With it only having had a sporadic release across Europe over the course of 2008, the start of a new year seems the perfect opportunity to remind Picturenose readers just how much they have to see Before the Devil Knows You’re Dead (2007), now that it’s available on DVD.
As one of the few truly great directors who appears to have kept all his marbles as the years have advanced, Sidney Lumet (he of classics such as 12 Angry Men (1957), Fail-Safe (1964), Dog Day Afternoon (1975), Network (1976), Equus (1977) and many more, several of which will be featured on PN over the coming months, film fans) could do no better than this as an epitaph, but thankfully the octogenarian (he’s 84) is already hard at work on his next, Getting Out (due for release this year) and still shows little sign of easing up.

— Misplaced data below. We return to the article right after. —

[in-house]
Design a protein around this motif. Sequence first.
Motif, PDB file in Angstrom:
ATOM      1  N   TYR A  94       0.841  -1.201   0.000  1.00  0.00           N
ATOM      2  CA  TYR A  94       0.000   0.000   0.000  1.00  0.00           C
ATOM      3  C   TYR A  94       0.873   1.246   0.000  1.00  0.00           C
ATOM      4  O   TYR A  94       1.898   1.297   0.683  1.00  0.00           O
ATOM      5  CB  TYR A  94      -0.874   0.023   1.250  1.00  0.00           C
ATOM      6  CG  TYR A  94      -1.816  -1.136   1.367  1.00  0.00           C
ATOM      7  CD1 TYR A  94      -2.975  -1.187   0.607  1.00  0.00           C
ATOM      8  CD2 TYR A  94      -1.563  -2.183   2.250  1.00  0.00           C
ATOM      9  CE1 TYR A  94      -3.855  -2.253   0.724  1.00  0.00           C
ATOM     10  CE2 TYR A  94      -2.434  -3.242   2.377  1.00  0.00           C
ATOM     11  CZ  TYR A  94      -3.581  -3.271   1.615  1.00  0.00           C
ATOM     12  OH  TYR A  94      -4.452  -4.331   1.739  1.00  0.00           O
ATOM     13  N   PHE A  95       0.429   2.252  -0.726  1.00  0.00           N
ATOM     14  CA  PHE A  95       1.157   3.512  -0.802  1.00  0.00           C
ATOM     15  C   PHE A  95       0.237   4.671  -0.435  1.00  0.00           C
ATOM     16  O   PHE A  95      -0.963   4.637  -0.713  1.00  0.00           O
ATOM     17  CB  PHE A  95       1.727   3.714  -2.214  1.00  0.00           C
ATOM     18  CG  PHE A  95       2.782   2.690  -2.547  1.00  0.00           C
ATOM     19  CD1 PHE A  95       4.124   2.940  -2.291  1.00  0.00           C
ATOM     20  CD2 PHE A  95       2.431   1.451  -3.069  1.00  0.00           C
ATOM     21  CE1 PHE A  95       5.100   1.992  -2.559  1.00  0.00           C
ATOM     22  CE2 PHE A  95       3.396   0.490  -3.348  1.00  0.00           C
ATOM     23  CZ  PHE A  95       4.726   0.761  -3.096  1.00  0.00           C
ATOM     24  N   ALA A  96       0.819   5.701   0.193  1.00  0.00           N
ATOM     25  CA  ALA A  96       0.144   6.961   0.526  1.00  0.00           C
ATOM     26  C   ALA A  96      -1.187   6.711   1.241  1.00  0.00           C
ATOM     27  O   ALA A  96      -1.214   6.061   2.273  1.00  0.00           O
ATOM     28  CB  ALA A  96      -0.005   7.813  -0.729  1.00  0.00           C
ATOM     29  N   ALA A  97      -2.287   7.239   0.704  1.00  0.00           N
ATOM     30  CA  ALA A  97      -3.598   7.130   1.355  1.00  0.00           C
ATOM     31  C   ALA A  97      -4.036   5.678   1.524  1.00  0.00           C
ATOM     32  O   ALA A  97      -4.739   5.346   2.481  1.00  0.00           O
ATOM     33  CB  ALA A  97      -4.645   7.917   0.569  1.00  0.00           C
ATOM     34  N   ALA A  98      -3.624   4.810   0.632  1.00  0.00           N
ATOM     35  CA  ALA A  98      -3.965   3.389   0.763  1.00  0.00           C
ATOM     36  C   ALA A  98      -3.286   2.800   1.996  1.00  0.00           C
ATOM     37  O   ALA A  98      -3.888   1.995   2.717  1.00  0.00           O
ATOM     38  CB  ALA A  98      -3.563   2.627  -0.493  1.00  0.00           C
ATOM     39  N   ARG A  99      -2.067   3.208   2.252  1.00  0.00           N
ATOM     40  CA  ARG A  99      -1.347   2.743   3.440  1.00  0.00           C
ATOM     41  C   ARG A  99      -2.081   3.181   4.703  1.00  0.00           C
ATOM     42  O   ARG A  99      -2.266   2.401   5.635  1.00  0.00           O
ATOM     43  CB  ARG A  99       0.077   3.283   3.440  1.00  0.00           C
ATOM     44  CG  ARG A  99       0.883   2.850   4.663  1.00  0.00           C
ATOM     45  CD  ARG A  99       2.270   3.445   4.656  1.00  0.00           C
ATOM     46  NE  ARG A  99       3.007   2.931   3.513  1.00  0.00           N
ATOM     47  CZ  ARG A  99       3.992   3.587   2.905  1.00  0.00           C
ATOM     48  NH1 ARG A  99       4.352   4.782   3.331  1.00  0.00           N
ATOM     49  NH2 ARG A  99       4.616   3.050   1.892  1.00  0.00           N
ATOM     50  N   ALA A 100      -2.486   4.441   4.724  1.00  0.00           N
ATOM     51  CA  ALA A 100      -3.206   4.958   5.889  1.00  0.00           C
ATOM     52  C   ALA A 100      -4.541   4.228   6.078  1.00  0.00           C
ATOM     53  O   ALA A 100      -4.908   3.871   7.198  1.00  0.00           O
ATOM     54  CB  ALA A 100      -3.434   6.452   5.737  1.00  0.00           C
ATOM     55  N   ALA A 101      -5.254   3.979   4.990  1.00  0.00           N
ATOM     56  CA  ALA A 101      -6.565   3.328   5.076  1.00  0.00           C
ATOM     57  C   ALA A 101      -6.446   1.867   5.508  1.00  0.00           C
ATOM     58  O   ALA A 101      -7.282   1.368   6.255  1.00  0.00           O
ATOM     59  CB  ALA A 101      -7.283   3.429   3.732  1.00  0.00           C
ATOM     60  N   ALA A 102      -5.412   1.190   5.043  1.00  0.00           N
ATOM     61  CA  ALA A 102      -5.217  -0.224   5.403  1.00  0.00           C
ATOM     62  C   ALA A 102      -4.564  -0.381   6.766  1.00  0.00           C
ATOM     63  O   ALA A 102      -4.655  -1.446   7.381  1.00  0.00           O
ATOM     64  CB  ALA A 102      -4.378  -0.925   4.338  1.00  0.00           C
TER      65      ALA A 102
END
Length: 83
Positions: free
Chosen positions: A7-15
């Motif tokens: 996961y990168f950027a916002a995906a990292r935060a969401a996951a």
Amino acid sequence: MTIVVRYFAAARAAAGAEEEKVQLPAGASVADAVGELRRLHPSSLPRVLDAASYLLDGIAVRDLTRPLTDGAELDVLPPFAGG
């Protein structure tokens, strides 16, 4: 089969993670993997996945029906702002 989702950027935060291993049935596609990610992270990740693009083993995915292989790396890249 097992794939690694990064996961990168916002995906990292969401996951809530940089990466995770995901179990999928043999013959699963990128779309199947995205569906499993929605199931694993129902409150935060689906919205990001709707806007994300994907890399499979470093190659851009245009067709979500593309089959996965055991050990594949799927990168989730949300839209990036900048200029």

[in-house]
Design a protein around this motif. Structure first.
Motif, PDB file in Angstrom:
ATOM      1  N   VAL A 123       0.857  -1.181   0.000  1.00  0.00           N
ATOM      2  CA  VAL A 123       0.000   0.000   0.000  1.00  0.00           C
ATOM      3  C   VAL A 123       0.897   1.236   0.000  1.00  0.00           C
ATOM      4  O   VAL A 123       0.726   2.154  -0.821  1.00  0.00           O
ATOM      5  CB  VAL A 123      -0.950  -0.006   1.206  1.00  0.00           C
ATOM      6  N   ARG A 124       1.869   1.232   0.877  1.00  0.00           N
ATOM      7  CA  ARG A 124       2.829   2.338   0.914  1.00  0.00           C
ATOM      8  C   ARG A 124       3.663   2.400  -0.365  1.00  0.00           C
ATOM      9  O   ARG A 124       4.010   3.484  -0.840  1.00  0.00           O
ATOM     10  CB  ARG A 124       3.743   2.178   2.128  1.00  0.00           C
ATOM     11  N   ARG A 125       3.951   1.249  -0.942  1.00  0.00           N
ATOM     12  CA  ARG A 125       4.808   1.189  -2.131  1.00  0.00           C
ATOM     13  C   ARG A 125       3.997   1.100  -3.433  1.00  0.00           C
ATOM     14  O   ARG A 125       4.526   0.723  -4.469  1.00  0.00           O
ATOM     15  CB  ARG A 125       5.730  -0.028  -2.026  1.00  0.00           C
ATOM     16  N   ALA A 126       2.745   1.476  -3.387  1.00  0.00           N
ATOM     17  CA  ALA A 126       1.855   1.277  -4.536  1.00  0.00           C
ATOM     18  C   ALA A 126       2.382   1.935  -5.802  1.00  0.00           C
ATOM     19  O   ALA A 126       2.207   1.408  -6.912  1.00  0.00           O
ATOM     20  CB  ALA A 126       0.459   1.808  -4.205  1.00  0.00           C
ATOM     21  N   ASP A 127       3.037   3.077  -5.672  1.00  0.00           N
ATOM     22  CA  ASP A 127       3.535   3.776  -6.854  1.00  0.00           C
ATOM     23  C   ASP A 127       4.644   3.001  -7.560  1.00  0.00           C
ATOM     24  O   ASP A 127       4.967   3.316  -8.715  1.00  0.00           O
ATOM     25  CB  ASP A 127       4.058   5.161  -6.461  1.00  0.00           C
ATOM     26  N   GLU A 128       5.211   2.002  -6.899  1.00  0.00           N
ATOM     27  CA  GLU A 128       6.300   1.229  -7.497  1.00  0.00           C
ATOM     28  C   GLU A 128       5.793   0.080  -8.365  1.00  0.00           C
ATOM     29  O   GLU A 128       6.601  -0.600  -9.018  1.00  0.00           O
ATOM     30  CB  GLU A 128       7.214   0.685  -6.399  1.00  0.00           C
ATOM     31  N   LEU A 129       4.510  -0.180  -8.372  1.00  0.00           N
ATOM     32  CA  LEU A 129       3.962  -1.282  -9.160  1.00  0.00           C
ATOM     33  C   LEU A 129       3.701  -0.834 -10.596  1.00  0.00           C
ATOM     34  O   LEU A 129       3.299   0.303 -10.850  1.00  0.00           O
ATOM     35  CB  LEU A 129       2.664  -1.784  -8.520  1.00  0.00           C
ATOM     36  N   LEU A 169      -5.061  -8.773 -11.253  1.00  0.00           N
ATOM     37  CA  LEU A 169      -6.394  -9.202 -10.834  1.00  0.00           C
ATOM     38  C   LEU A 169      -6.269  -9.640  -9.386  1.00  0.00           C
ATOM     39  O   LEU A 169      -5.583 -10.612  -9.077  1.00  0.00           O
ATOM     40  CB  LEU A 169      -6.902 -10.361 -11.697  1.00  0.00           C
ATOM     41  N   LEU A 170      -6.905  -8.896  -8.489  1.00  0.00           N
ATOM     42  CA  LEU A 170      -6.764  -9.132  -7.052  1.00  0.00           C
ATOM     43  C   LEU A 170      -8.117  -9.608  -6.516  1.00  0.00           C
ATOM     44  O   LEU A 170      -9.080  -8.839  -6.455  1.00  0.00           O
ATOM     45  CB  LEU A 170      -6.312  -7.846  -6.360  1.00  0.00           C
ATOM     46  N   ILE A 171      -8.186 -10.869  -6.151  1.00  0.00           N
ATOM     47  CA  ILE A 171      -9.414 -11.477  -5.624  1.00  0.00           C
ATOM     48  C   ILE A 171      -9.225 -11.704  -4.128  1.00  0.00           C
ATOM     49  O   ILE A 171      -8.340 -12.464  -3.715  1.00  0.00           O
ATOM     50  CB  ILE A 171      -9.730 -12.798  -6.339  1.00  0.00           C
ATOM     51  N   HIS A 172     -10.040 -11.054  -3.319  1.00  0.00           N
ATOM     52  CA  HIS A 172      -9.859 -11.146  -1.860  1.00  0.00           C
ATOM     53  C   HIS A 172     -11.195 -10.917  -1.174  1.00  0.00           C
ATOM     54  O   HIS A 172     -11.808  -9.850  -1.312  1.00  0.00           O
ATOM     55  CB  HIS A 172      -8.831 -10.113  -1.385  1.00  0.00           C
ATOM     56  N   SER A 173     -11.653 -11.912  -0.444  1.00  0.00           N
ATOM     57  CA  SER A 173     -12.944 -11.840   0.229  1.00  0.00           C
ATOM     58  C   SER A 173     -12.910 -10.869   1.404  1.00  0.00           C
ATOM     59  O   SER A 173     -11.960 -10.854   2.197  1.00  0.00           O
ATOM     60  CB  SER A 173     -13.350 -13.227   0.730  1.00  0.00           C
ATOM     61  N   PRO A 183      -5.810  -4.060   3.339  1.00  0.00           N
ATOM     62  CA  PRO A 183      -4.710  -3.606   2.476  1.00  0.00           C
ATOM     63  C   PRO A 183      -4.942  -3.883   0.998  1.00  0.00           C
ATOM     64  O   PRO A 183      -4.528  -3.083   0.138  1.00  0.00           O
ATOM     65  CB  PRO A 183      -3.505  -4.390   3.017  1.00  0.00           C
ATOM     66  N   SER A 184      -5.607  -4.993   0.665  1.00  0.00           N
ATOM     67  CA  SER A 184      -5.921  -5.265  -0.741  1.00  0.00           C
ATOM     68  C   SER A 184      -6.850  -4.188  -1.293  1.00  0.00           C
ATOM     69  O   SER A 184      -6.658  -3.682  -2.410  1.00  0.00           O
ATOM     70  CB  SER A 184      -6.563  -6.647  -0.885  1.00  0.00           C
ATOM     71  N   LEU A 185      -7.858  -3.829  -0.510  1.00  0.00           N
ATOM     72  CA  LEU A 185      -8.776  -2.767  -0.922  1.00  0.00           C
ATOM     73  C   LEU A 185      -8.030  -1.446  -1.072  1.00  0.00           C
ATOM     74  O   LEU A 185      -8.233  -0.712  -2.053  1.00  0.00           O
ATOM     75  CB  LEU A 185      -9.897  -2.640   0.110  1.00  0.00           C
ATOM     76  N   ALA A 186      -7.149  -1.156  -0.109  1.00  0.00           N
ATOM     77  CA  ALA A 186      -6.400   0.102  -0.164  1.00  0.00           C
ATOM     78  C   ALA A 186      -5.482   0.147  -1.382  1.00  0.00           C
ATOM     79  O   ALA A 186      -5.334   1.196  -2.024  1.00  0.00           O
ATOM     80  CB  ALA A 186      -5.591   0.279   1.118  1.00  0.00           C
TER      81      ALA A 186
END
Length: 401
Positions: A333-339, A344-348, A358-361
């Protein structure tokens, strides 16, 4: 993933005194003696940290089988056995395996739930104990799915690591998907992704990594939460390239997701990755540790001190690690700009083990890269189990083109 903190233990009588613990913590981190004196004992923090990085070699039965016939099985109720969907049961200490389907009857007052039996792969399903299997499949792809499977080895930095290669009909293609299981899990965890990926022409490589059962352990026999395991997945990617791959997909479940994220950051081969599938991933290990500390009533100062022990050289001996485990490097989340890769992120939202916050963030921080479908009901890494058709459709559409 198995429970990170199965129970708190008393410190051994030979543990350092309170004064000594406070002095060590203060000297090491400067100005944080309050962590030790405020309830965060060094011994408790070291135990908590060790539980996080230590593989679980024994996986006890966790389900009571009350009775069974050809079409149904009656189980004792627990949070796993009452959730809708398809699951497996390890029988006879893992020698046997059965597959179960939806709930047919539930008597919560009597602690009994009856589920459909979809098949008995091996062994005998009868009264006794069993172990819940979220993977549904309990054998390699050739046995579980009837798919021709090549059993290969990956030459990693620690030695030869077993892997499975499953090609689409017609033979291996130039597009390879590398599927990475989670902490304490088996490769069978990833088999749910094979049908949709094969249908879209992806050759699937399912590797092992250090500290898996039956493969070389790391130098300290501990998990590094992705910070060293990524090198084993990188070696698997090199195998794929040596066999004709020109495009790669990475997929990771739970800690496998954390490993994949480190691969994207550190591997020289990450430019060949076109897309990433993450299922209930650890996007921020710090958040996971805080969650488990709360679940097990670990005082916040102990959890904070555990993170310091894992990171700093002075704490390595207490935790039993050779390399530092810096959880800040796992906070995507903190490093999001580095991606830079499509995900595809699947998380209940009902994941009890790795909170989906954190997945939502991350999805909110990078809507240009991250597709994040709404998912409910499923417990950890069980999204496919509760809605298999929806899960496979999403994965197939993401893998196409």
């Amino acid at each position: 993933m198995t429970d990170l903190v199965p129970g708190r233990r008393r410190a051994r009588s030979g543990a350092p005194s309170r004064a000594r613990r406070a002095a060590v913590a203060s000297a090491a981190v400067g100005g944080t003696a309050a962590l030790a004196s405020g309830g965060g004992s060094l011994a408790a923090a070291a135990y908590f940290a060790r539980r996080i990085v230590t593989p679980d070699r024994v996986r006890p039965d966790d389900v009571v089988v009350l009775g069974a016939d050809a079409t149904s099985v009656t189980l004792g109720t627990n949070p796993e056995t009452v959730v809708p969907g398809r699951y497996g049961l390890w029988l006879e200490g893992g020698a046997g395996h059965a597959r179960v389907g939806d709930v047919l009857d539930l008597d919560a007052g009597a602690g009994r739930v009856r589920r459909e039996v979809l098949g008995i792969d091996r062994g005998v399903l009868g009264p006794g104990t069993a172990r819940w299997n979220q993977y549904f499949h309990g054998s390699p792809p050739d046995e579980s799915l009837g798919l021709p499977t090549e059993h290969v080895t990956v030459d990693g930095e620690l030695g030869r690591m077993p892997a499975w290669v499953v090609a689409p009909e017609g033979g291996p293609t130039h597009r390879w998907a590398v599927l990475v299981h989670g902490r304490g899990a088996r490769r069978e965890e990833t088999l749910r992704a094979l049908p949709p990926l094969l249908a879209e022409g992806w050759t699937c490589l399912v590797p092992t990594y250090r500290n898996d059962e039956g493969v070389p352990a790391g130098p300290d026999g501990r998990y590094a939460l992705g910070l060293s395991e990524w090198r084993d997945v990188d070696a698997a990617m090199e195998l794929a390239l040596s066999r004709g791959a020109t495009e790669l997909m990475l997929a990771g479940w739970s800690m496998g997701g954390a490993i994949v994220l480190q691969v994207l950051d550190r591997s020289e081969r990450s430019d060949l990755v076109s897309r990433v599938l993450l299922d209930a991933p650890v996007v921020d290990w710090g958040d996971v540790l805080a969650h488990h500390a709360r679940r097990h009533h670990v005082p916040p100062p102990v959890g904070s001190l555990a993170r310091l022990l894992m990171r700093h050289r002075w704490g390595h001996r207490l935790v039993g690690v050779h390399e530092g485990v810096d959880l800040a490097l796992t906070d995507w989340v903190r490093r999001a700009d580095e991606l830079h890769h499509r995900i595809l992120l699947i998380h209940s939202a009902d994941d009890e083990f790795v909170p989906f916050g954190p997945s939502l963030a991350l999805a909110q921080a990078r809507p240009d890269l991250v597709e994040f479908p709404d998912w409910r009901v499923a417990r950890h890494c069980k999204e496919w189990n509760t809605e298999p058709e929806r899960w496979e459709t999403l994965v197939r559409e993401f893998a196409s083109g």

Power to his elbow, because Before the Devil… (the title of which is based on the Irish blessing ‘…And may you be in heaven half an hour, before the devil knows you’re dead’) is one of the most harrowing, hand-in-mouth evocations of family breakdown ever committed to screen. Upon its first release, in October 2007, Lumet said: ‘Melodrama is a much maligned genre. And I hope we can bring it back into fashion. I always think of melodrama as the thing we are all capable of that’s swept under the rug.’ Too true.
It begins with two brothers, Andy and Hank Hanson (Philip Seymour Hoffman and Ethan Hawke), who are on the financial skids and decide to rob the jewellery store of their father Charles (Albert Finney), knowing that dad will get the insurance money, so it’s a victimless crime, right? Oh Lord, no. Fancy knowing how bad things can really get? Watch Hoffman and Hawke deliver two seamless performances, backed up by a wonderful ensemble cast and water-tight script from Kelly Masterson, and you’ll know soon enough.
Hoffman, in particular, flawlessly captures the film’s overriding sense of the screw being turned, and it’s great to see Marisa Tomei as Gina Hanson,the wife of Andy and lover of Hank caught between two brothers bound for hell, as she delivers possibly the finest straight role of her career to date.